Have You Run Into the Clipping Plane?

comments (3) May 16th, 2011 in blogs

Killenwood Tim Killen, contributor
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In this case, I'm not referring to a particular shop hand plane, rather a phenomenon in SketchUp. You can run into a Clipping Plane when zooming in very closely to your model.  All of a sudden the model explodes with a bunch of splinters and jagged pieces. It can be scary, as you wonder what happened to all of your modeling work. Thankfully, all is OK - as you zoom out the model recovers without damage.

Recently, I've been working on a Philadelphia Lowboy that includes quite a bit of complex intersections and curves. See picture below. Although working to avoid graphics anomalies (holes, gaps, missing faces, and distortions), nevertheless these things can show up when doing Intersections or Follow Me's on small curvatures. Scaling up by factors of 10 or even 100 helps, but I can still find problems although miniscule.

In trying to repair these problems, I'm forced to zoom very closely to the model, and that is when I run into the Clipping Plane. It won't allow me to get close enough to the problem. It's frustrating, but fortunately, there is an easy remedy.

I will use this corner of the Lowboy top as an example. This shaped edge was done with Follow Me but some very small anomalies are there, albeit very small.

When zooming in closely to view and fix these problems, the Clipping Plane explosion occurs as shown below.

To remove this issue, go to the Menu Bar and click on Camera. You will see the list as shown below. Click on Field of View. The normal setting for this parameter is 35 degrees. Type 2 to change this to 2 degrees (almost parallel projection). Immediately your clipping plane should disappear, and you should have a very good close-up view of the model.

Now I can see the small anomalies where faces are missing.

I turn on Hidden Geometry which you will find in the View Menu. There are three missing faces, two small triangles and a flat face above (you can see through the hole to the inside face of the base of the Top).

Now I can really get close and by using the Line Tool, I'm able to repair the hole and close in the faces.

Here's a closeup of the upper hole. Again with the Line Tool, I can trace over one of the edges of the hole, and the face closes in.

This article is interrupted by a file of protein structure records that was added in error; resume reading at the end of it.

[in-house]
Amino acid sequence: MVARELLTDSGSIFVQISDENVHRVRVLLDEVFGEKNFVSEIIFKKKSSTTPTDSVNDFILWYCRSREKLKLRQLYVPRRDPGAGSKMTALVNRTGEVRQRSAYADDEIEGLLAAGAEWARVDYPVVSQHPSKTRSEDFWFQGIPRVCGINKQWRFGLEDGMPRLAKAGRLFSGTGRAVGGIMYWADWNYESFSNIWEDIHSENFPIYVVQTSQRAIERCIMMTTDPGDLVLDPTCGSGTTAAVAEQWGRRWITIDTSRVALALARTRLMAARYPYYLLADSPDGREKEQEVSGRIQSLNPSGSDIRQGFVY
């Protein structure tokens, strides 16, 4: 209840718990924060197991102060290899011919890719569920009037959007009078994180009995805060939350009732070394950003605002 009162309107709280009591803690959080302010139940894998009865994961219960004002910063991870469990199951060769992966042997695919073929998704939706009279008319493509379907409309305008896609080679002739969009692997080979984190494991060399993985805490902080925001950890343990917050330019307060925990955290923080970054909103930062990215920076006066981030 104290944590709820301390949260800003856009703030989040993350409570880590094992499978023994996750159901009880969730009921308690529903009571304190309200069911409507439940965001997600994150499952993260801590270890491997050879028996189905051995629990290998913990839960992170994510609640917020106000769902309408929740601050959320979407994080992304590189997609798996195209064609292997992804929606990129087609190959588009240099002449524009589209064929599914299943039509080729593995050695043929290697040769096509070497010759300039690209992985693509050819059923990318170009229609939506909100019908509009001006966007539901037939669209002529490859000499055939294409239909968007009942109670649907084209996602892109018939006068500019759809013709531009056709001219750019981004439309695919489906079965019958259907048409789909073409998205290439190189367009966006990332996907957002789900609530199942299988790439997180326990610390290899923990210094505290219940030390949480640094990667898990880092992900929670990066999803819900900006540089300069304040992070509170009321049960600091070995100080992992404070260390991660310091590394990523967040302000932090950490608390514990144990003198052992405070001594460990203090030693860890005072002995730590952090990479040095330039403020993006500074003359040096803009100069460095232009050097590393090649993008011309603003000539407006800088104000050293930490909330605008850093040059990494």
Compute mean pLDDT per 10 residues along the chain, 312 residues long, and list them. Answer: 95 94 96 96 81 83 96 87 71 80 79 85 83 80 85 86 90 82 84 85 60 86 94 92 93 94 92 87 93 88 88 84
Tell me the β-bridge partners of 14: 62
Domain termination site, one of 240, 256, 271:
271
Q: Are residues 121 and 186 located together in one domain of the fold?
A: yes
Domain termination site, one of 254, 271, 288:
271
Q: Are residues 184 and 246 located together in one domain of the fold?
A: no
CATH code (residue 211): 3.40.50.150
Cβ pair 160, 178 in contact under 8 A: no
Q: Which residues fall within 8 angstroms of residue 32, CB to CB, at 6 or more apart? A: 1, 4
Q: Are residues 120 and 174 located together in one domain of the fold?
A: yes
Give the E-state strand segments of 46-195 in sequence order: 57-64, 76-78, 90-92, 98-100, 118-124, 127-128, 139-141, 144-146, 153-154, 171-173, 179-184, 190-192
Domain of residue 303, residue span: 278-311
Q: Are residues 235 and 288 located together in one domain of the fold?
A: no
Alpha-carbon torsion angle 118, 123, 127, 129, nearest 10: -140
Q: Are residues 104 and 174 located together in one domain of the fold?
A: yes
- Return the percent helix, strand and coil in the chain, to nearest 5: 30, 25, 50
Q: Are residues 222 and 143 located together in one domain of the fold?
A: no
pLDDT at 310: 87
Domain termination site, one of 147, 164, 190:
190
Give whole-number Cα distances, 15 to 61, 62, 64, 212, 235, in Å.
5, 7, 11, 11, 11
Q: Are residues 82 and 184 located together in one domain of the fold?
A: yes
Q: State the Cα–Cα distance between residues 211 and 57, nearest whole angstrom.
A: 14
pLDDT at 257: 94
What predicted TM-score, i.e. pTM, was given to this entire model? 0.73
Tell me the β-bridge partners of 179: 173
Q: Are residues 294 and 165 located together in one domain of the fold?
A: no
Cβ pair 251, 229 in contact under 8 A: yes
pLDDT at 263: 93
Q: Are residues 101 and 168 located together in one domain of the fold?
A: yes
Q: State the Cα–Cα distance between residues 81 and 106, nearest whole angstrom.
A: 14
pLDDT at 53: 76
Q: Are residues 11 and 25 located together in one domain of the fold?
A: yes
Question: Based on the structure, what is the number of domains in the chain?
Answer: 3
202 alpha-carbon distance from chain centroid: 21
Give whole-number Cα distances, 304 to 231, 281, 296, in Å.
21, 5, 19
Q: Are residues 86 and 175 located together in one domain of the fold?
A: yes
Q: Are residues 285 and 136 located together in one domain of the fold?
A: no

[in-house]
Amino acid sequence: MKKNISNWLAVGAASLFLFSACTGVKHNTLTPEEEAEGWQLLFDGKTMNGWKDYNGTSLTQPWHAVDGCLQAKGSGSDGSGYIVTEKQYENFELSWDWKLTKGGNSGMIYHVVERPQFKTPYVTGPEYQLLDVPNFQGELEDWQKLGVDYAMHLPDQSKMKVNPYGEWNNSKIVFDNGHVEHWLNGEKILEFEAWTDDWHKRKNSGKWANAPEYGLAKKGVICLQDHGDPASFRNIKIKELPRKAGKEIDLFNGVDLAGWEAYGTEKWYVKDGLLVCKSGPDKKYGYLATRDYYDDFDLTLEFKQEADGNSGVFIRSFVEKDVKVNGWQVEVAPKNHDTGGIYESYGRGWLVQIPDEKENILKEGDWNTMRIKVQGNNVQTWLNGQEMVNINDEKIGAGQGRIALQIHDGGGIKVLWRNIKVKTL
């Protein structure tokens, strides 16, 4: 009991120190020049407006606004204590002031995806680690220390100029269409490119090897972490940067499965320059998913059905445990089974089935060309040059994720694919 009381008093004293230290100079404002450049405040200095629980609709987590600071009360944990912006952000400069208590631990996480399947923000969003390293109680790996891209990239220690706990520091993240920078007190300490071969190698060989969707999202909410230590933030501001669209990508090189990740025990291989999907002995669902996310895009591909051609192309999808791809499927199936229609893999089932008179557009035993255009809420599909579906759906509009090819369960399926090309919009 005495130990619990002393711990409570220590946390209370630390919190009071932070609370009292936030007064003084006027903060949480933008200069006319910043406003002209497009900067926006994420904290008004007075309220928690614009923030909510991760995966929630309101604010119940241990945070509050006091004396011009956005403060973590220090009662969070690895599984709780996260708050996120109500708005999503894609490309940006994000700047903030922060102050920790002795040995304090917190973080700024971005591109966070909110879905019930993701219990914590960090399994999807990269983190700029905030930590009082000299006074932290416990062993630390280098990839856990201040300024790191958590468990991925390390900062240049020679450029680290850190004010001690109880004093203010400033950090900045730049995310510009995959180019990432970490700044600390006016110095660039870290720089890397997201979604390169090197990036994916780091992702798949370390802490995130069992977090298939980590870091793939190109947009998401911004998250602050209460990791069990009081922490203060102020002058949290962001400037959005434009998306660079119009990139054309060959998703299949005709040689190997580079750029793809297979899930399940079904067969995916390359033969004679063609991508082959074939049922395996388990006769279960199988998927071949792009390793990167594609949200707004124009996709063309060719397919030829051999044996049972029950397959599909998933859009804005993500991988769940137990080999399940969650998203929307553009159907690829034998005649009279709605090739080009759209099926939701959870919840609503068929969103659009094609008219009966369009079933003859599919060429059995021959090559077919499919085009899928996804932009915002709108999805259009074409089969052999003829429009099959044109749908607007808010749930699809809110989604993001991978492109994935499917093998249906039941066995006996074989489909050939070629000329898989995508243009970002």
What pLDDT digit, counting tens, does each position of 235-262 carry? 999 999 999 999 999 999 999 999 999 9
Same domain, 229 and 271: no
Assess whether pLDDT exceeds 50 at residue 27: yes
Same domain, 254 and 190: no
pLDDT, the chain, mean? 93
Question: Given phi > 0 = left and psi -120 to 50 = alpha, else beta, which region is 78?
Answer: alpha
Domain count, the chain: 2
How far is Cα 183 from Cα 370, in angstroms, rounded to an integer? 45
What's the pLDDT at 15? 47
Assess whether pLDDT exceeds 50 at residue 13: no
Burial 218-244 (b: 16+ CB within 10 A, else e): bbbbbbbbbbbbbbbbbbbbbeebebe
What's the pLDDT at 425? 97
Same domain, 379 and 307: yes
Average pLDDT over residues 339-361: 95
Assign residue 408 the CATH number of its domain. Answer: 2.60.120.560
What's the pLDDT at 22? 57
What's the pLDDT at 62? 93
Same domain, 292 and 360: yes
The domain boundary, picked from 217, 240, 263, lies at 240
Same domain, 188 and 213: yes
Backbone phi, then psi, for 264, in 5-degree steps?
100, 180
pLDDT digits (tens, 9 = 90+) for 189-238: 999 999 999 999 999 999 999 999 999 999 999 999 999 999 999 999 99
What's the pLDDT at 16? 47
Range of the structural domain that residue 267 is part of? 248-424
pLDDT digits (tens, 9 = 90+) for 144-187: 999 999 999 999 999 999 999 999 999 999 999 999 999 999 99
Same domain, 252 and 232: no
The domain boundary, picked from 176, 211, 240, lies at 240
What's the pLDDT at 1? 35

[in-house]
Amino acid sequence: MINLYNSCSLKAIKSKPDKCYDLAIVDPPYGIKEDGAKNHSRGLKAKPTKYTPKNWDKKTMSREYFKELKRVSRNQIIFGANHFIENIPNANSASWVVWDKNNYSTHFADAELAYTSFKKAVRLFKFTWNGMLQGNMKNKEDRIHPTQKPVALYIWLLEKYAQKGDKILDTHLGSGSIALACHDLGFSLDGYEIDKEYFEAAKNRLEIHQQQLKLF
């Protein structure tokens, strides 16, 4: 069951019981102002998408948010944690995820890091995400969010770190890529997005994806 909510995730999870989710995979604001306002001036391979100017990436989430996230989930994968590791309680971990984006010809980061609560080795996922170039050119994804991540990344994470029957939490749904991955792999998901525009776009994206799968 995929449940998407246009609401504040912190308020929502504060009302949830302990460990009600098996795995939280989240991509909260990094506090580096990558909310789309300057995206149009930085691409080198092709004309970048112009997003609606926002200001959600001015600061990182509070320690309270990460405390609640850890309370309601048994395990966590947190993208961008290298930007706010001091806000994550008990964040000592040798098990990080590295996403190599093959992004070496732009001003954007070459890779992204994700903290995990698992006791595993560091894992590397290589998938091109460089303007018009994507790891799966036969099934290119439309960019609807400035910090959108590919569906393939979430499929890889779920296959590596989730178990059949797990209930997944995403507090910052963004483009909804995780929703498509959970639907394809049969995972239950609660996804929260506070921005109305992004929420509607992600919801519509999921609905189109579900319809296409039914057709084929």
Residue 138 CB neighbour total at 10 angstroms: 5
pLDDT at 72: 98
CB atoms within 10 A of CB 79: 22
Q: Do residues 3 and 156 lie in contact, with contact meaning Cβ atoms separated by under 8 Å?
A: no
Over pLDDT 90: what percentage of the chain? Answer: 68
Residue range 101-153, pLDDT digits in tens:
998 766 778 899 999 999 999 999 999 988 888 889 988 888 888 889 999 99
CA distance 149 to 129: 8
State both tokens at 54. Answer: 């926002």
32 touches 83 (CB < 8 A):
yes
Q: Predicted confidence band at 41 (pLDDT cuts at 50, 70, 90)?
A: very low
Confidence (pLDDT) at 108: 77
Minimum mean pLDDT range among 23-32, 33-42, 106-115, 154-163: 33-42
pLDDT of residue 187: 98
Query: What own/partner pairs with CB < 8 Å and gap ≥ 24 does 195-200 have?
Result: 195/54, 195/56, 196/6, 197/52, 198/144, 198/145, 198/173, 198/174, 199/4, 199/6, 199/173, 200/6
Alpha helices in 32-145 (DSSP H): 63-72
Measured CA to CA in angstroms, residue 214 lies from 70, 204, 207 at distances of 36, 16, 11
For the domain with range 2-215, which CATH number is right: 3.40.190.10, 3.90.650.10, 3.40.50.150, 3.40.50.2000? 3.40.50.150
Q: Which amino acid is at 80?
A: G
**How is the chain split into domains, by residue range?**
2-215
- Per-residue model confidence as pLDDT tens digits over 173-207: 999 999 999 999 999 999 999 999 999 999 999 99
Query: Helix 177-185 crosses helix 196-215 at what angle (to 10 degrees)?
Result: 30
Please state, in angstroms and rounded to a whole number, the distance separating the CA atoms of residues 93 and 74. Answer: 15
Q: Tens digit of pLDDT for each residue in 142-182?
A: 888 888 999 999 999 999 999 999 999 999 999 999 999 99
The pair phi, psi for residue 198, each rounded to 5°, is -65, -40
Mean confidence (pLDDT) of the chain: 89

After the repairs, I zoom out. The Hidden Geometry is still "On", but the repairs are intact.

Go to the View tab and in the pop-up menu, click on Hidden Geometry to remove the checkmark.

This looks good.

Here is the view of the model in 2 degree perspective. It looks funny and much like it would look in Parallel Projection.

You can also avoid the Clipping Plane by switching to Camera/Parallel Projection. It works but I find that using the Field of View is quicker and easier. When using Parallel Projection, I find that I have to re-orient the model and zoom in again.

Tim

http://killenwood.com



posted in: blogs


Comments (3)

DaveRichards DaveRichards writes: Walt, SketchUp won't fill in tiny faces which are generally those with a side around 1/64" or less. When intersecting small radius curved surfaces, especially with a large number of sides, it isn't uncommon to have these tiny gaps occur. By scaling up the model or at least the component in which these tiny faces might occur before doing whatever it is that creates them, you can avoid the gaps in the first place. The "whatever it is" is commonly a Follow Me operation of an Intersection.

"In situ" refers to building the model with all parts in place. Some folks like to draw each part separately and then move them into place to assemble the model much like you'd do in the shop. I think Tim agrees with me that this has the potential to create errors. It also means you're working harder than you need to. For example, if you are drawing a table, draw and place the leg components first. The draw the aprons, stretchers and so on to fit in between. If you've located the legs properly at the beginning, the other parts have to fit and you don't need to concern yourself with the lengths of aprons or anything at that phase of the modeling. If you draw all the parts separately, you have to know in advance who long to make the aprons. Then you have to go through the process of moving them into place. For examples of modeling in situ, see my videos at the following links.

http://www.finewoodworking.com/item/22911/a-fern-stand-demonstrating-my-drawing-process

http://www.finewoodworking.com/item/24328/jeffersons-bookstand-another-workflow-example

Dave

Posted: 11:18 am on May 19th

mwm500 mwm500 writes: I'm pretty new to SU so some of these things come up like
"Although working to avoid graphics anomalies (holes, gaps, missing faces, and distortions), nevertheless these things can show up when doing Intersections or Follow Me's on small curvatures." this happens to me a lot especially when curves are involved. Can you explain in more detail about the scaling you mentioned or a link if it's been covered before and not sure what you and Dave refer to as(in situ).
Thanks for the help.

Walt
Posted: 8:38 am on May 19th

saschafer saschafer writes: I think of the clipping plane as a sheet of glass that's interposed between me and the model. When I get too close to the model, I crash into the glass. Decreasing the focal angle is the same thing as using a telephoto lens: I can stand further away (thus avoiding hitting the glass), but still have an image that's large enough for me to see fine details.

-Steve

Posted: 7:51 am on May 17th

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